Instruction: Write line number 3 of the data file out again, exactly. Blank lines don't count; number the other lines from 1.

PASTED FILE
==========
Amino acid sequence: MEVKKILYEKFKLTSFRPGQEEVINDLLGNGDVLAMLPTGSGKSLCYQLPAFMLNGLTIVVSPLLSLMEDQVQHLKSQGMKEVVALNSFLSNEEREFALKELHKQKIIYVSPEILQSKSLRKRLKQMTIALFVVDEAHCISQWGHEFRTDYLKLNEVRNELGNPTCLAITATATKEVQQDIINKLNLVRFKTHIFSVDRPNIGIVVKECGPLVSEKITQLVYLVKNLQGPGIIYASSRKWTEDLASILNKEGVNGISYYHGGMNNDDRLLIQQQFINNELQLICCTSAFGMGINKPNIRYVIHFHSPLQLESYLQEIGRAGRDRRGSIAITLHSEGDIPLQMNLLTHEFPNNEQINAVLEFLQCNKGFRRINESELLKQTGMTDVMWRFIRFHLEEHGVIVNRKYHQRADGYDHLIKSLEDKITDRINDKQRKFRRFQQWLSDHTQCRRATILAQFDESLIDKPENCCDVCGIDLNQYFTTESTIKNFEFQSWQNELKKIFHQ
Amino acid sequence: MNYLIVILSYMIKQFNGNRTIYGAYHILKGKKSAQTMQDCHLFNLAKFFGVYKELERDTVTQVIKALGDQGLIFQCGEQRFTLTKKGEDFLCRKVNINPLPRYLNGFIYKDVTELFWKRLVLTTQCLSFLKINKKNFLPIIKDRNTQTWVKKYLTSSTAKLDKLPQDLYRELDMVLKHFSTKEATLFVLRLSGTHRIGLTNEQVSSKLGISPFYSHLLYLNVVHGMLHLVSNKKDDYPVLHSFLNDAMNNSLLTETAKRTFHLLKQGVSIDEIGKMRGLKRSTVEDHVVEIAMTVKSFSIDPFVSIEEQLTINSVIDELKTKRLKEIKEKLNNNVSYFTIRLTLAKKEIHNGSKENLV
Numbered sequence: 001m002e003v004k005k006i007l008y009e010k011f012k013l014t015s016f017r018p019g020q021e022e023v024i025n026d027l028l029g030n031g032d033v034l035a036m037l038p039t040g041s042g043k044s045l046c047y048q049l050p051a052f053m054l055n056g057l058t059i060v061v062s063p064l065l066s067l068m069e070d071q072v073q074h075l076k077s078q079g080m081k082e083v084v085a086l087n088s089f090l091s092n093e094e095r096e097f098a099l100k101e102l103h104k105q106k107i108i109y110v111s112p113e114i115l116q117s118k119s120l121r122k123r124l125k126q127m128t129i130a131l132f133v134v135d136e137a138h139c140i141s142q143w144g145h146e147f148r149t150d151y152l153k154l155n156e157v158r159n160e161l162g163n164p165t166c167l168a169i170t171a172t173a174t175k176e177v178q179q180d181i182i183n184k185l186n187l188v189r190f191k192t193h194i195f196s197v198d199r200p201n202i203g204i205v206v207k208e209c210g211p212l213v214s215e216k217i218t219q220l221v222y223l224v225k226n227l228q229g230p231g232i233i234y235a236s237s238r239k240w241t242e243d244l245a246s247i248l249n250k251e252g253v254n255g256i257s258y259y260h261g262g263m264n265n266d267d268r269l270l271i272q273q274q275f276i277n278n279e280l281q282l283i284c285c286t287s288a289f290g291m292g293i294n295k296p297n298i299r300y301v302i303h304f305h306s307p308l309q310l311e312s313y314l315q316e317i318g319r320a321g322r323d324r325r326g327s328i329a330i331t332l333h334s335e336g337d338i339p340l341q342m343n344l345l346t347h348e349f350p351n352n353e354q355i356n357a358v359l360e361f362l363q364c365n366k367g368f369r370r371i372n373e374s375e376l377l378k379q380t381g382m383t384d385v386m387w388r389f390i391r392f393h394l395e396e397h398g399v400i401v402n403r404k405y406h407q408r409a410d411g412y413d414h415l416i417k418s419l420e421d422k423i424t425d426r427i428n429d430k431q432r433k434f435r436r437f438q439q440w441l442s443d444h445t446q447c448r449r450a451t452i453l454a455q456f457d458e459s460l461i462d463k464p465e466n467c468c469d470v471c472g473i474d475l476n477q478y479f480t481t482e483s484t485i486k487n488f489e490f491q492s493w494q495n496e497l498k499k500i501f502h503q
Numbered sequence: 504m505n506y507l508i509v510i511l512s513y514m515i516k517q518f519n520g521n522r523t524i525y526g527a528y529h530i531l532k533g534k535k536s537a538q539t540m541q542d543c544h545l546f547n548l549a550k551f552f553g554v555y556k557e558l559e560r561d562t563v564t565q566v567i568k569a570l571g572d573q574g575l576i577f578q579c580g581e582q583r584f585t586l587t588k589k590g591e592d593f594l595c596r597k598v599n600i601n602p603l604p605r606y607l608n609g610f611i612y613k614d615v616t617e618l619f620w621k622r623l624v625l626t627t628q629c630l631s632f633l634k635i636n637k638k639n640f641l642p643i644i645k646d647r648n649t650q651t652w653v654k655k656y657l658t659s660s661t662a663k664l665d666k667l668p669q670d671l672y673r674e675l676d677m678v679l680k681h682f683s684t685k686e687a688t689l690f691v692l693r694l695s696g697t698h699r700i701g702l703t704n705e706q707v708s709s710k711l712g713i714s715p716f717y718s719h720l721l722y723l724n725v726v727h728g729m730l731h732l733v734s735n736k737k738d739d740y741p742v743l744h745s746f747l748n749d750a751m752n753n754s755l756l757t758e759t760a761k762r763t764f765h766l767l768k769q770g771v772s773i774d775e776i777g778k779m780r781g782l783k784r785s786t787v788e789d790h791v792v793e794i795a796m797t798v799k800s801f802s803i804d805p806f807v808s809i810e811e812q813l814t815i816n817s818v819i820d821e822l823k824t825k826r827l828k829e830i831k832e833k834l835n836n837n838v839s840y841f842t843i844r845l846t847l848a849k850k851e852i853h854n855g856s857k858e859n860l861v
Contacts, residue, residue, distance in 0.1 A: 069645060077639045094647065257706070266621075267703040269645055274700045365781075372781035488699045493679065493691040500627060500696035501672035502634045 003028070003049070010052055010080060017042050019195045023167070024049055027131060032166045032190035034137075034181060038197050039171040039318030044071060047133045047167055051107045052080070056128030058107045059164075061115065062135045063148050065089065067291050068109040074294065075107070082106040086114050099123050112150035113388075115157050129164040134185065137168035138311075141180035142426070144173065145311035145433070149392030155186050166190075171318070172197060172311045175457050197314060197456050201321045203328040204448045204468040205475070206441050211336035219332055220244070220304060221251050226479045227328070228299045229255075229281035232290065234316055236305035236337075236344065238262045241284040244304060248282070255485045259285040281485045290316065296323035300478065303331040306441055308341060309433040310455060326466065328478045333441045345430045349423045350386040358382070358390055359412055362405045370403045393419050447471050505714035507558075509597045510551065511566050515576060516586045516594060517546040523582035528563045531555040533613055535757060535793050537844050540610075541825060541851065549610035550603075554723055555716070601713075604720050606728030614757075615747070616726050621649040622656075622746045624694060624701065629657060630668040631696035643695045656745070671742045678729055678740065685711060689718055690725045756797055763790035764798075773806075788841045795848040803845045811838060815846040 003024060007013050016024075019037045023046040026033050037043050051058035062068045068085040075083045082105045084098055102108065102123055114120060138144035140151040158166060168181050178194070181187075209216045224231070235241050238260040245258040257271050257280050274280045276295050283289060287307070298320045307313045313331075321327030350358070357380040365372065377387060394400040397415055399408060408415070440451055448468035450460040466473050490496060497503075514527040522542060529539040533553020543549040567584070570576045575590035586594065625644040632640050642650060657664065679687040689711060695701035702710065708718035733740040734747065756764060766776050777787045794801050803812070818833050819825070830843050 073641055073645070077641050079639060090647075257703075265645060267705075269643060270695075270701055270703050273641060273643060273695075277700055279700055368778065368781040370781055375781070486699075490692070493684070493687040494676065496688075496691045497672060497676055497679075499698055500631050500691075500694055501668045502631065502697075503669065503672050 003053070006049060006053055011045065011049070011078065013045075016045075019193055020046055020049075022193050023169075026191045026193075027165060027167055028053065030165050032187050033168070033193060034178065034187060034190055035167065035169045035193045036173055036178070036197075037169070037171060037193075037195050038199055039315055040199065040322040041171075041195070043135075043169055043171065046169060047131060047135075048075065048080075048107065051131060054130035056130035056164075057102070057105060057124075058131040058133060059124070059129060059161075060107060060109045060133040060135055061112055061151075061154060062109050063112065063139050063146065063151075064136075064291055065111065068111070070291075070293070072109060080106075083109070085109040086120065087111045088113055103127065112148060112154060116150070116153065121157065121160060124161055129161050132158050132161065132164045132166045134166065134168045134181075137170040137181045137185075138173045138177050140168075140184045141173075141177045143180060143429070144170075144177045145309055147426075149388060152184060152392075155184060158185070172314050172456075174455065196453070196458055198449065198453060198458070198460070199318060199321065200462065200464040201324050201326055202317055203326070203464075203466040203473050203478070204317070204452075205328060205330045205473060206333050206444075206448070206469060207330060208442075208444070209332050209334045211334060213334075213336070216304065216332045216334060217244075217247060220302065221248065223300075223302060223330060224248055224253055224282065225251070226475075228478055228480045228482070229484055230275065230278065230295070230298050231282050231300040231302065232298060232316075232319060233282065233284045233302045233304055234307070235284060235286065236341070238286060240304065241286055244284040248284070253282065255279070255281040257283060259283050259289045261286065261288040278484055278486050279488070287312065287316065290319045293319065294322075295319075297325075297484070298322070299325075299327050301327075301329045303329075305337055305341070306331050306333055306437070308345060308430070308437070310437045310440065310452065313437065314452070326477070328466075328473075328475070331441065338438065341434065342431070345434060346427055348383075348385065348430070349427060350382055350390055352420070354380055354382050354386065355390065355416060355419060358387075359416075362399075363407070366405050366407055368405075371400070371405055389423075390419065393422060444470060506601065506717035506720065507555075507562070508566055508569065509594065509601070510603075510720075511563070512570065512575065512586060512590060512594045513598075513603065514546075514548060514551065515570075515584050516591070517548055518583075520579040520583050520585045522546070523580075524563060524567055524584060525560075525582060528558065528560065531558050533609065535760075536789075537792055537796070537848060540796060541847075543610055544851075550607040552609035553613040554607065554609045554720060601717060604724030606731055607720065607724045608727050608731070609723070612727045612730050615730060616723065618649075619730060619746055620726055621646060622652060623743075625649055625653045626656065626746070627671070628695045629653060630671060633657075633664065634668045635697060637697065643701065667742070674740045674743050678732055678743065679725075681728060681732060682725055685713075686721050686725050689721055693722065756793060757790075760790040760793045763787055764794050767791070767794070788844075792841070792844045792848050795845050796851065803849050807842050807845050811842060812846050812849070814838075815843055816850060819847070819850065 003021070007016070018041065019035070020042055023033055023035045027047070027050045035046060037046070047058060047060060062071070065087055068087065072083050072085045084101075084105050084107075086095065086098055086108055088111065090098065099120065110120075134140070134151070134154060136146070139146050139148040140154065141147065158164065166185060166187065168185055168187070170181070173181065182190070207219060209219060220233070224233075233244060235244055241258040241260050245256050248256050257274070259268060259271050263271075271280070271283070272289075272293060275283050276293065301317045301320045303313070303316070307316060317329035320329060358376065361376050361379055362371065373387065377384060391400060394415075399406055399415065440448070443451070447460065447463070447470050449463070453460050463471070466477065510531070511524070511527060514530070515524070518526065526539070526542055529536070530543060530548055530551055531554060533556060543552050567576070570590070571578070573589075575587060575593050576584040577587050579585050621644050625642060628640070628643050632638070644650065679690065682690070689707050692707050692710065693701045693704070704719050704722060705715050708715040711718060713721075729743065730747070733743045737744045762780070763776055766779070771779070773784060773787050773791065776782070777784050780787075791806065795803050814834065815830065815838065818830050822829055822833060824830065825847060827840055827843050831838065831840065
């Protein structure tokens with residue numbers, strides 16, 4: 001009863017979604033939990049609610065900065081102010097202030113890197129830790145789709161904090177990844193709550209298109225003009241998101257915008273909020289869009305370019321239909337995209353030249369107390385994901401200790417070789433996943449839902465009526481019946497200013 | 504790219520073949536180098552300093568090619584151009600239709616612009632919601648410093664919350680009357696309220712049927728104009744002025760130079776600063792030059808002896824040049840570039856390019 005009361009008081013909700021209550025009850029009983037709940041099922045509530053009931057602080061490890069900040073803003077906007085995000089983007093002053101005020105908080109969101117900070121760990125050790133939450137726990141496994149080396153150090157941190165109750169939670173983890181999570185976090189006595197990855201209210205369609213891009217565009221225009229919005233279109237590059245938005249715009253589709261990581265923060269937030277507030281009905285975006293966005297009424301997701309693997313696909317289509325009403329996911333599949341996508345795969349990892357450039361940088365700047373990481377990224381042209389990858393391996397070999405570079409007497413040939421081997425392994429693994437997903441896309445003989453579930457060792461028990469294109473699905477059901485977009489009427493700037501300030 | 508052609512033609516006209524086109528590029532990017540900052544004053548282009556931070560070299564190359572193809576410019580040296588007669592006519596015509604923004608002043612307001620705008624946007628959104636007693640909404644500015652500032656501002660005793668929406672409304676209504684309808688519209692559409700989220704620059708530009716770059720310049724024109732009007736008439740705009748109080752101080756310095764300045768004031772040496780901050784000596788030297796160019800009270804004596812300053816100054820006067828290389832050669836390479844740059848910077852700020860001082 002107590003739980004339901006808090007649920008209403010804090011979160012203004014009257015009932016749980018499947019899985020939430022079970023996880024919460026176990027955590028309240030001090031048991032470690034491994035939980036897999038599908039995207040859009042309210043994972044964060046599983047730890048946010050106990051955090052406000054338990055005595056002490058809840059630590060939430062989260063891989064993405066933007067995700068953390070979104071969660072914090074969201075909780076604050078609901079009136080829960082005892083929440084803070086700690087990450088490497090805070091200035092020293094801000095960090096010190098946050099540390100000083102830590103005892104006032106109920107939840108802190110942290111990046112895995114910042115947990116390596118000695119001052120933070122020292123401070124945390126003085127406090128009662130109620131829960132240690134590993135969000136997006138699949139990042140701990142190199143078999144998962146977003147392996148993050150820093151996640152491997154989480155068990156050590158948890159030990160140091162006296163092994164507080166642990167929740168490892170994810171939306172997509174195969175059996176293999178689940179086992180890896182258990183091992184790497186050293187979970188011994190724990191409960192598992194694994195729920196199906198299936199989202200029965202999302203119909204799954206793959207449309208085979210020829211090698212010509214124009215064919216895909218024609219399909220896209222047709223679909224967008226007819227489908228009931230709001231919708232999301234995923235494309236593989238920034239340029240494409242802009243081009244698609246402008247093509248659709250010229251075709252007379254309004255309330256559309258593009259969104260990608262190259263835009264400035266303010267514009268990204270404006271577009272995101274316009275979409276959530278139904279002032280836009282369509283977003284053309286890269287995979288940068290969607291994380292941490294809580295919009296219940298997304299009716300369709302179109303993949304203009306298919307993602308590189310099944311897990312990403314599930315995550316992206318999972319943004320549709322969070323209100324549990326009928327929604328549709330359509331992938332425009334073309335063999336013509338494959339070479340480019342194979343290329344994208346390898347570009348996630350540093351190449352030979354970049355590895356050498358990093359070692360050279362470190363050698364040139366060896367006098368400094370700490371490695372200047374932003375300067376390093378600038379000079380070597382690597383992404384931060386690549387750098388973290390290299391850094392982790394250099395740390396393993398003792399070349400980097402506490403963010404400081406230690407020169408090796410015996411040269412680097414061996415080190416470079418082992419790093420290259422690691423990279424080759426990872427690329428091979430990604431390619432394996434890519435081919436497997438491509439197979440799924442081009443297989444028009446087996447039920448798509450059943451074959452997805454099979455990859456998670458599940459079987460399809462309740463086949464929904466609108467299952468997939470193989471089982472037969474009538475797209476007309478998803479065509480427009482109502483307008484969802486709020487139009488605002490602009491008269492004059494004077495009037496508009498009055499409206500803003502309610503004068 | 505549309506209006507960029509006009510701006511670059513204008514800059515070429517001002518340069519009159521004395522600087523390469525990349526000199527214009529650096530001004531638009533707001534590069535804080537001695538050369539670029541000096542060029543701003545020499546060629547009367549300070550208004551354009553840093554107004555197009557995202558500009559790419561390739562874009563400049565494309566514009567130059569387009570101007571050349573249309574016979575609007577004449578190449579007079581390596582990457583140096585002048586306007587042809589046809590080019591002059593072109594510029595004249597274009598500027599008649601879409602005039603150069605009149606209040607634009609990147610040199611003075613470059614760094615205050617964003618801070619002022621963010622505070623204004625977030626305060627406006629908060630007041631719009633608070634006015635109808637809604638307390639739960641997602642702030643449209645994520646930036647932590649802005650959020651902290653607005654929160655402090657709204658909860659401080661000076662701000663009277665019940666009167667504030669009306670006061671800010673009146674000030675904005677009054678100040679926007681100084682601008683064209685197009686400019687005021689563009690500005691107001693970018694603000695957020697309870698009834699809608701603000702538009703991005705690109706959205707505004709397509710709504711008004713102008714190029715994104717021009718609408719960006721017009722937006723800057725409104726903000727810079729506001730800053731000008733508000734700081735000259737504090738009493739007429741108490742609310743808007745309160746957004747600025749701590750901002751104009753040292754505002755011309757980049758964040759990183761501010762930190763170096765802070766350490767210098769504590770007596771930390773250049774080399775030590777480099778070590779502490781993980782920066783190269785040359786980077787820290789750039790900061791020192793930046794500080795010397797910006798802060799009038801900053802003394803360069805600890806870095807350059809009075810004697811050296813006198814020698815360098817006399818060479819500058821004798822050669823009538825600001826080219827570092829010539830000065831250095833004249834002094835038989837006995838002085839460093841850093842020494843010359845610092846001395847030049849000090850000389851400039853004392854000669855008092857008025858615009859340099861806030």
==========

Numbered sequence: 001m002e003v004k005k006i007l008y009e010k011f012k013l014t015s016f017r018p019g020q021e022e023v024i025n026d027l028l029g030n031g032d033v034l035a036m037l038p039t040g041s042g043k044s045l046c047y048q049l050p051a052f053m054l055n056g057l058t059i060v061v062s063p064l065l066s067l068m069e070d071q072v073q074h075l076k077s078q079g080m081k082e083v084v085a086l087n088s089f090l091s092n093e094e095r096e097f098a099l100k101e102l103h104k105q106k107i108i109y110v111s112p113e114i115l116q117s118k119s120l121r122k123r124l125k126q127m128t129i130a131l132f133v134v135d136e137a138h139c140i141s142q143w144g145h146e147f148r149t150d151y152l153k154l155n156e157v158r159n160e161l162g163n164p165t166c167l168a169i170t171a172t173a174t175k176e177v178q179q180d181i182i183n184k185l186n187l188v189r190f191k192t193h194i195f196s197v198d199r200p201n202i203g204i205v206v207k208e209c210g211p212l213v214s215e216k217i218t219q220l221v222y223l224v225k226n227l228q229g230p231g232i233i234y235a236s237s238r239k240w241t242e243d244l245a246s247i248l249n250k251e252g253v254n255g256i257s258y259y260h261g262g263m264n265n266d267d268r269l270l271i272q273q274q275f276i277n278n279e280l281q282l283i284c285c286t287s288a289f290g291m292g293i294n295k296p297n298i299r300y301v302i303h304f305h306s307p308l309q310l311e312s313y314l315q316e317i318g319r320a321g322r323d324r325r326g327s328i329a330i331t332l333h334s335e336g337d338i339p340l341q342m343n344l345l346t347h348e349f350p351n352n353e354q355i356n357a358v359l360e361f362l363q364c365n366k367g368f369r370r371i372n373e374s375e376l377l378k379q380t381g382m383t384d385v386m387w388r389f390i391r392f393h394l395e396e397h398g399v400i401v402n403r404k405y406h407q408r409a410d411g412y413d414h415l416i417k418s419l420e421d422k423i424t425d426r427i428n429d430k431q432r433k434f435r436r437f438q439q440w441l442s443d444h445t446q447c448r449r450a451t452i453l454a455q456f457d458e459s460l461i462d463k464p465e466n467c468c469d470v471c472g473i474d475l476n477q478y479f480t481t482e483s484t485i486k487n488f489e490f491q492s493w494q495n496e497l498k499k500i501f502h503q